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Also crucially, Bond fans aren't emotionally invested in Bond as a person the way that Spider-Man fans are in Peter. Peter is like an old friend; Bond is merely a fantasy figure.

You're suggesting a change in mere hair color would compromise that investment?

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SDG wrote:

: No no no. This super-hero is all about who he is under the mask.

Exactly. And like I say, if you change Peter Parker, then you have to change a lot of OTHER characters, too, because Peter Parker's identity is very much wrapped up in his relationships with his Uncle, his Aunt, his girlfriend(s), etc. And once you've changed all those characters, just how recognizably "Spider-Man" could such a movie be?

: Yes, but. First, with Bond, the source material is non-visual, so the character's looks were never as defined or as significant from the start -- and the movie franchise established an identity and a fan base much less tied to the source material anyway, with a parade of actors in a role in which the character's specific appearance wasn't particularly important.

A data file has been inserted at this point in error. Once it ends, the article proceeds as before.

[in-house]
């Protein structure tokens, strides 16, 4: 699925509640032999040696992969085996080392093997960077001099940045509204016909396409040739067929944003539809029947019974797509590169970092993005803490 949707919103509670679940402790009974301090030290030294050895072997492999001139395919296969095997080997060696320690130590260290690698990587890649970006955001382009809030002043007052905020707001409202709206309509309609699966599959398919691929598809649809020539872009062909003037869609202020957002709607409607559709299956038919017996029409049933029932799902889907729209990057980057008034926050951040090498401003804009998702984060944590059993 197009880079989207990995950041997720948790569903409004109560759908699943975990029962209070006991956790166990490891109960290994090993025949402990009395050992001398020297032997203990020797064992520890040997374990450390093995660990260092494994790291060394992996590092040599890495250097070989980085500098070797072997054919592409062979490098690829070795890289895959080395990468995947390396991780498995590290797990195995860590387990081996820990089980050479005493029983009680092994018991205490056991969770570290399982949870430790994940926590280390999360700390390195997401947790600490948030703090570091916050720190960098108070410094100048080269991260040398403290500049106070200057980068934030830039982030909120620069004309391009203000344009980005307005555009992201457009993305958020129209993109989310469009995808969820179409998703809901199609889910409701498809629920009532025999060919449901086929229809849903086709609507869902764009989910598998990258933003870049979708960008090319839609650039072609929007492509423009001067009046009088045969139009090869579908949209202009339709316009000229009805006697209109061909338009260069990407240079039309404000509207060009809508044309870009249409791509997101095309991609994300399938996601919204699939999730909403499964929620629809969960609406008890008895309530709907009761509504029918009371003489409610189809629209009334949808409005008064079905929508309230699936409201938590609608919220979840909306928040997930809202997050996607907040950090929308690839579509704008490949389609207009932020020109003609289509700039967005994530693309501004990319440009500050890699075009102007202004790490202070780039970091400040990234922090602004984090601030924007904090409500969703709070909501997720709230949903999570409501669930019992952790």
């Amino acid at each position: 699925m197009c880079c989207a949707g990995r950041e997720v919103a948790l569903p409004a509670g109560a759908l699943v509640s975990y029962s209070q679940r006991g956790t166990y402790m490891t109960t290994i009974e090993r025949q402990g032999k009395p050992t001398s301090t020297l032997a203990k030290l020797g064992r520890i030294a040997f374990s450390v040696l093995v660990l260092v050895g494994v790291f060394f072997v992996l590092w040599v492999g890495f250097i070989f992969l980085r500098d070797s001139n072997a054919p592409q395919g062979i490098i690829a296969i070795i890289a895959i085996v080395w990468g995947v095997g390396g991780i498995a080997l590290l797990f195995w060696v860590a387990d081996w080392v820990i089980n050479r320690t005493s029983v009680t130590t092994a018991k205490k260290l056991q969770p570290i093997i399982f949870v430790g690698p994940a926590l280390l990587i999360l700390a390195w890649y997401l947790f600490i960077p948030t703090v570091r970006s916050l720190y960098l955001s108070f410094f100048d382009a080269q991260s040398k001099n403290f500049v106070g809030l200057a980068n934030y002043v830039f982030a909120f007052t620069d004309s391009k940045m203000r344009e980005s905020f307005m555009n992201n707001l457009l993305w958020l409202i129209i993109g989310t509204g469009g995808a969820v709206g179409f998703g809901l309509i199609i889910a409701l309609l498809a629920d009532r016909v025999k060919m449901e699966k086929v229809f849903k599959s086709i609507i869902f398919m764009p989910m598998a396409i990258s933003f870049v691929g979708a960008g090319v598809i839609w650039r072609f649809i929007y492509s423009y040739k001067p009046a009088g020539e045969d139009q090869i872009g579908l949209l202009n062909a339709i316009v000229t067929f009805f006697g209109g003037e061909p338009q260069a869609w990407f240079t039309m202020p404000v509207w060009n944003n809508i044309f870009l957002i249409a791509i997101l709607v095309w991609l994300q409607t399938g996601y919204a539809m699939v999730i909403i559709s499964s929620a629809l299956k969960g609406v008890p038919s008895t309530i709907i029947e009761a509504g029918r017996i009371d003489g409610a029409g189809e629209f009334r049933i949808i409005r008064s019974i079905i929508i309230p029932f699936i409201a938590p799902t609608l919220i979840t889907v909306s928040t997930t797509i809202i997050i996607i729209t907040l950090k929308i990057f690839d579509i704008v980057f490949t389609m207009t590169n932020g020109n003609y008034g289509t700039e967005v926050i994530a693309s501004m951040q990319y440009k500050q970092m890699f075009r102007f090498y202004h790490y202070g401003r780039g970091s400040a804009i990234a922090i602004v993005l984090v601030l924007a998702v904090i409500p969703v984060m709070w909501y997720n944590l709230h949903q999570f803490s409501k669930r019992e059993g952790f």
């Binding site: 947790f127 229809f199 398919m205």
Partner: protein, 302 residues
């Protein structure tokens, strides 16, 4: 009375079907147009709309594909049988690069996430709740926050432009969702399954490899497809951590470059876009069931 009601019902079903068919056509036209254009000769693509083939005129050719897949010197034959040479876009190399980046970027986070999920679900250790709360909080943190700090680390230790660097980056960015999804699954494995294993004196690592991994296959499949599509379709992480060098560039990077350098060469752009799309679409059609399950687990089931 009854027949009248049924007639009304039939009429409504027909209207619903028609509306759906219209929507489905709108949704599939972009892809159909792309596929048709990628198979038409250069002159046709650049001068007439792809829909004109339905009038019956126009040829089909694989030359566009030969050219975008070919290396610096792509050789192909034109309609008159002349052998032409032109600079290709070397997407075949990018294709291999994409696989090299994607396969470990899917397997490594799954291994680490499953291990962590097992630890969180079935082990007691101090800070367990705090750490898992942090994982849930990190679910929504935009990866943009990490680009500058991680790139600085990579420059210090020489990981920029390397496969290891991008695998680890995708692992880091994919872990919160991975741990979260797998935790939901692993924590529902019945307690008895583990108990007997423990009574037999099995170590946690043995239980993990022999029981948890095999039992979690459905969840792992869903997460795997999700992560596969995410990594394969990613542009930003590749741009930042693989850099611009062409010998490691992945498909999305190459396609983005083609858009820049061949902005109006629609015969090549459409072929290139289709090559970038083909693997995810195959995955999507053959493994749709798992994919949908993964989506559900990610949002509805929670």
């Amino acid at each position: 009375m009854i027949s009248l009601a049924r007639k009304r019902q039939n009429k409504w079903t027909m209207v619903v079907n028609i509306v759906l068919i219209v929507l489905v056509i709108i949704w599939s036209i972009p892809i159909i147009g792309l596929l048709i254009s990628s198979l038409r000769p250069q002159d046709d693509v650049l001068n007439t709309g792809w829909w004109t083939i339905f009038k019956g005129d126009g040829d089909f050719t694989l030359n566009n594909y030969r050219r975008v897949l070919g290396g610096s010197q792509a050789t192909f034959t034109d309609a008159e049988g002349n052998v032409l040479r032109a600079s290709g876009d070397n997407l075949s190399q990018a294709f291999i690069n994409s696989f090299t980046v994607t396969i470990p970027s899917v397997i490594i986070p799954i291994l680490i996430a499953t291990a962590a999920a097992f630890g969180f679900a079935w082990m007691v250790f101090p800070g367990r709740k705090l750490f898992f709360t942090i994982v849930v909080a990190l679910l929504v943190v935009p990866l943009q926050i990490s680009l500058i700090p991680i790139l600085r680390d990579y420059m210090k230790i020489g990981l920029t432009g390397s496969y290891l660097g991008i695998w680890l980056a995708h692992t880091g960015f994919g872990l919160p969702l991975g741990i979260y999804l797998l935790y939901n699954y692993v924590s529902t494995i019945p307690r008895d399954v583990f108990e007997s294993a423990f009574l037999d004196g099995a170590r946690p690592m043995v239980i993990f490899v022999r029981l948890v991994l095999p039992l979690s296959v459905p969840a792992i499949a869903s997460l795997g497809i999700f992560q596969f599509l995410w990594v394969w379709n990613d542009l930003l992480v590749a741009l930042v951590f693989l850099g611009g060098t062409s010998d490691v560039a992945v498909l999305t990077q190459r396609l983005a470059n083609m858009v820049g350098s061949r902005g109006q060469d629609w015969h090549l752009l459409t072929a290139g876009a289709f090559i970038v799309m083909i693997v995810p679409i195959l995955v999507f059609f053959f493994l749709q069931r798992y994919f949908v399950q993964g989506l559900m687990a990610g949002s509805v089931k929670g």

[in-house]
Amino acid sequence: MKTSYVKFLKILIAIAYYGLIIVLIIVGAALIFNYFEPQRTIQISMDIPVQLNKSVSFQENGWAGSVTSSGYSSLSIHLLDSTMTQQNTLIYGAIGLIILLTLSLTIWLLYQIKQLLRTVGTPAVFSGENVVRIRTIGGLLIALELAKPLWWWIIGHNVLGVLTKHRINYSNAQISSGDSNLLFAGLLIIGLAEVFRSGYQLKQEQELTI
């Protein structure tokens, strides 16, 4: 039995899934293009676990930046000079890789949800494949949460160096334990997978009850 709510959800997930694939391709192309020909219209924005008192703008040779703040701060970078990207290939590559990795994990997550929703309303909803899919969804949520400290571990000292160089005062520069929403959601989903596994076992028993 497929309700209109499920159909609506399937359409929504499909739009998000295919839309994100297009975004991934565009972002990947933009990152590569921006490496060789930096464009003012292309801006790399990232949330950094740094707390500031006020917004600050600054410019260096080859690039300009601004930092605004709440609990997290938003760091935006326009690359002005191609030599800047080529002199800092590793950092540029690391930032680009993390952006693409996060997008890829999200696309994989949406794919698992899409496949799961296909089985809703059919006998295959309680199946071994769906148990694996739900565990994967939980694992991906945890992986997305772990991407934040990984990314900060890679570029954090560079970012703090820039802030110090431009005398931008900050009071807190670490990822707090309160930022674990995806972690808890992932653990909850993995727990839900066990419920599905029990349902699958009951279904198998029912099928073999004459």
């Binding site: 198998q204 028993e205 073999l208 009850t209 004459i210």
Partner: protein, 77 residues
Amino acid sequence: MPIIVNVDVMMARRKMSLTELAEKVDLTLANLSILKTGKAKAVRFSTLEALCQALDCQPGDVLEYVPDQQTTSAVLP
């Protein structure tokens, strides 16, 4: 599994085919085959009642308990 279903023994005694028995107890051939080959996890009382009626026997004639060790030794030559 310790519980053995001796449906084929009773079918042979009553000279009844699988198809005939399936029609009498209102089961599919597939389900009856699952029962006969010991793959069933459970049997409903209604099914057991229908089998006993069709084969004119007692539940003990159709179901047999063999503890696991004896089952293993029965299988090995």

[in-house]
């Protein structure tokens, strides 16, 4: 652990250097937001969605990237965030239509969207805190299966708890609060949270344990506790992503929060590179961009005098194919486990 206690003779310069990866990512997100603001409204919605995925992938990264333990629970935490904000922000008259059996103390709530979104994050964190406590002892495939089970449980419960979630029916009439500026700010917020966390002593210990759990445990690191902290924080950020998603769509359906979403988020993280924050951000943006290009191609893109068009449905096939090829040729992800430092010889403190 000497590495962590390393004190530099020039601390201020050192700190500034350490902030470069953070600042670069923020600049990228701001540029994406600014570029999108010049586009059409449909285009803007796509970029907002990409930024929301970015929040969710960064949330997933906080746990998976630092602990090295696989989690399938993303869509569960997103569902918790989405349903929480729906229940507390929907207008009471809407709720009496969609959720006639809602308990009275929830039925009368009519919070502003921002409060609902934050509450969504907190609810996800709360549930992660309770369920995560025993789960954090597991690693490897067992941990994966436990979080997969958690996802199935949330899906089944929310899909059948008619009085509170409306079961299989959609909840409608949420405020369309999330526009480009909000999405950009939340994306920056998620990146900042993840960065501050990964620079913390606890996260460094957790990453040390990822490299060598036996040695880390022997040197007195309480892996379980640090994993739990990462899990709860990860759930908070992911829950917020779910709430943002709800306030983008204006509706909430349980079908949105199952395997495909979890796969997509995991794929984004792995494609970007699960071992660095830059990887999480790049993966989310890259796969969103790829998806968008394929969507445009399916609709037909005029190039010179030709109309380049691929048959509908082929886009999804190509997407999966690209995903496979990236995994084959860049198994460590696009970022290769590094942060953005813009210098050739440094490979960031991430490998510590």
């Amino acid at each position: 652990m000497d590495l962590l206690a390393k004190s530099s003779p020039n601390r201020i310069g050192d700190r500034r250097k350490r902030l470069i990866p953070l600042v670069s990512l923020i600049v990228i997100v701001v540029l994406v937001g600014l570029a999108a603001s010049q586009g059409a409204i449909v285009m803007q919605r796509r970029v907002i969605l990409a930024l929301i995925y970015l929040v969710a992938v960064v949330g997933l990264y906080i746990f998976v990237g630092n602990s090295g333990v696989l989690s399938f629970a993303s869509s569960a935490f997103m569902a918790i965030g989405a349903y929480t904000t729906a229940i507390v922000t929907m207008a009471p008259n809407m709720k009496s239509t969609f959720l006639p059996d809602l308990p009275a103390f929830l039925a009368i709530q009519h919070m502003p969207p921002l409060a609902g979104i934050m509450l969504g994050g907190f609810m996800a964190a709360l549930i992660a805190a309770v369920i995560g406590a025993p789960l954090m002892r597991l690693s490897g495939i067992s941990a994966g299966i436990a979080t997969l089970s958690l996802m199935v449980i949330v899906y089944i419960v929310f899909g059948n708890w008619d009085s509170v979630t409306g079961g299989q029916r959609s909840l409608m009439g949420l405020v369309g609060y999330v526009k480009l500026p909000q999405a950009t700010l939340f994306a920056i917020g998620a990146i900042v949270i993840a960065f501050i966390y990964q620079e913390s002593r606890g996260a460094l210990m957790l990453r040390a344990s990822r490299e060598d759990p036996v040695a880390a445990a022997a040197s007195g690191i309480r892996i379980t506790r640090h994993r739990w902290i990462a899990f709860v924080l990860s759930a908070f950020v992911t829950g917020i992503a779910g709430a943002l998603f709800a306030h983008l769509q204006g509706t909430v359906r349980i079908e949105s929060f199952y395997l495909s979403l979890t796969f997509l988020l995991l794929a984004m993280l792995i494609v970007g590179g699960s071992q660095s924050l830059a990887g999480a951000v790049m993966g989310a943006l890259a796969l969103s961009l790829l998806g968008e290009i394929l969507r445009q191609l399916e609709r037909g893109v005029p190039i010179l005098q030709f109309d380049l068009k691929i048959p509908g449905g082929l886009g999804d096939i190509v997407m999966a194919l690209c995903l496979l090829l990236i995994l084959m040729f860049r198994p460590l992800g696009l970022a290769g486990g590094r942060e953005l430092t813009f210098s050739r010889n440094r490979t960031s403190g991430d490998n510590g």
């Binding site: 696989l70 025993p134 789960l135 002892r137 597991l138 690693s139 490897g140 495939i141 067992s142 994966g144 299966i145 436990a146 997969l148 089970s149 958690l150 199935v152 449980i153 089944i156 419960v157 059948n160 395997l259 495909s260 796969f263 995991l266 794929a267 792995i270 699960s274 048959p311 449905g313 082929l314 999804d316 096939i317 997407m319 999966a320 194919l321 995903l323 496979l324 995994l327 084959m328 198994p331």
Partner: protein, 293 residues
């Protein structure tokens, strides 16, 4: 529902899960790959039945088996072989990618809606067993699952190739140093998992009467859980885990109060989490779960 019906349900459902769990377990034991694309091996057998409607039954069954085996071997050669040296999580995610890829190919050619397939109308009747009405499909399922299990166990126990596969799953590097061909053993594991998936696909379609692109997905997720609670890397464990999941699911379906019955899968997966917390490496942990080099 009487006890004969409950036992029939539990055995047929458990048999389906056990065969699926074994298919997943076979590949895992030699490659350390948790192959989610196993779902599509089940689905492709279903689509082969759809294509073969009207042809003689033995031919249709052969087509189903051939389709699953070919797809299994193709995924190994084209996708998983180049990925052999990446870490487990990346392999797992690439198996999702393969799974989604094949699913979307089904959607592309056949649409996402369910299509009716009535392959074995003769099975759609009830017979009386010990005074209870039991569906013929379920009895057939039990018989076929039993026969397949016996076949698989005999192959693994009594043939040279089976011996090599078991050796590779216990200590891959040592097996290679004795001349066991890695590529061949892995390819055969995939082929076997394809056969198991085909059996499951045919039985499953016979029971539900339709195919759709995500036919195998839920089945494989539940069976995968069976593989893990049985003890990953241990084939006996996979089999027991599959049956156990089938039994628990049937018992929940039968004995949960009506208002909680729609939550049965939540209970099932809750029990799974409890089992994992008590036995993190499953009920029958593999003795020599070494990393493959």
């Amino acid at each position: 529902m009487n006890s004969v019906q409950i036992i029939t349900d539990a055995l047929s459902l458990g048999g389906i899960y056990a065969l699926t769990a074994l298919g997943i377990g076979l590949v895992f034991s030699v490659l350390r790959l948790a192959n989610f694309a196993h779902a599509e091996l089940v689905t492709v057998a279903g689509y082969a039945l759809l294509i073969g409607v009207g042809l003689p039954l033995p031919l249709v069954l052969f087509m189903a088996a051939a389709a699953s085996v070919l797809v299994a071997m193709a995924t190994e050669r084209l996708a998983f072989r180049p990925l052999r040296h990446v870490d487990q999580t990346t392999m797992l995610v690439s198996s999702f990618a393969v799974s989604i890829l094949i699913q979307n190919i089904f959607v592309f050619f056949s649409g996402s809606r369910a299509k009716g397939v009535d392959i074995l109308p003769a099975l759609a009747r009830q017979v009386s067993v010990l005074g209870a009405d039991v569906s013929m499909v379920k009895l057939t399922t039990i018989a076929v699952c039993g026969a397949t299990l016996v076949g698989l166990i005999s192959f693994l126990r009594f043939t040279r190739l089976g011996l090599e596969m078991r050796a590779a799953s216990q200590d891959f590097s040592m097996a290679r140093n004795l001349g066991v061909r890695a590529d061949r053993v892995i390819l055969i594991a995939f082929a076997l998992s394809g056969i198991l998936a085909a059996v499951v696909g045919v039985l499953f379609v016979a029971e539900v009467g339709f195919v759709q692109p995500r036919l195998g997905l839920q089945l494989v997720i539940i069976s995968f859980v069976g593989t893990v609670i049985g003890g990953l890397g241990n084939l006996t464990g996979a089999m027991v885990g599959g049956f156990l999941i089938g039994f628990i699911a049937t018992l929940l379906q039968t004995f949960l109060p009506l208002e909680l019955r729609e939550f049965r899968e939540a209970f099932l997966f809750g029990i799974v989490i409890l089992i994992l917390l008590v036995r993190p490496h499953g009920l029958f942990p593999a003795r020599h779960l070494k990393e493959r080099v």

Yeah, though it bears mentioning that Ian Fleming defined Bond as the offspring of a Scottish father and a Swiss mother -- so presumably an actor who would play the character should at least be plausibly Scottish-Swiss, or perhaps British-Swiss. (And if memory serves, Fleming didn't identify Bond's father as Scottish until AFTER Sean Connery had been cast in the early movies -- so the movies influenced the non-visual source material, there (much like some people have argued that the Harry Potter movies have influenced the later Harry Potter books).)

Fleming also drew a picture of Bond "to aid the Daily Express comic strip artists," according to Wikipedia -- and the Bond that he drew had dark hair. For whatever that's worth.

But honestly, if Daniel Craig is blonde, I've never really noticed. So he can't be THAT blonde.

Ryan H. wrote:

: And no one seemed to mind the change of Ra's al Ghul from Arab to Japanese.

Or to an Irishman posing under a French name, as it were.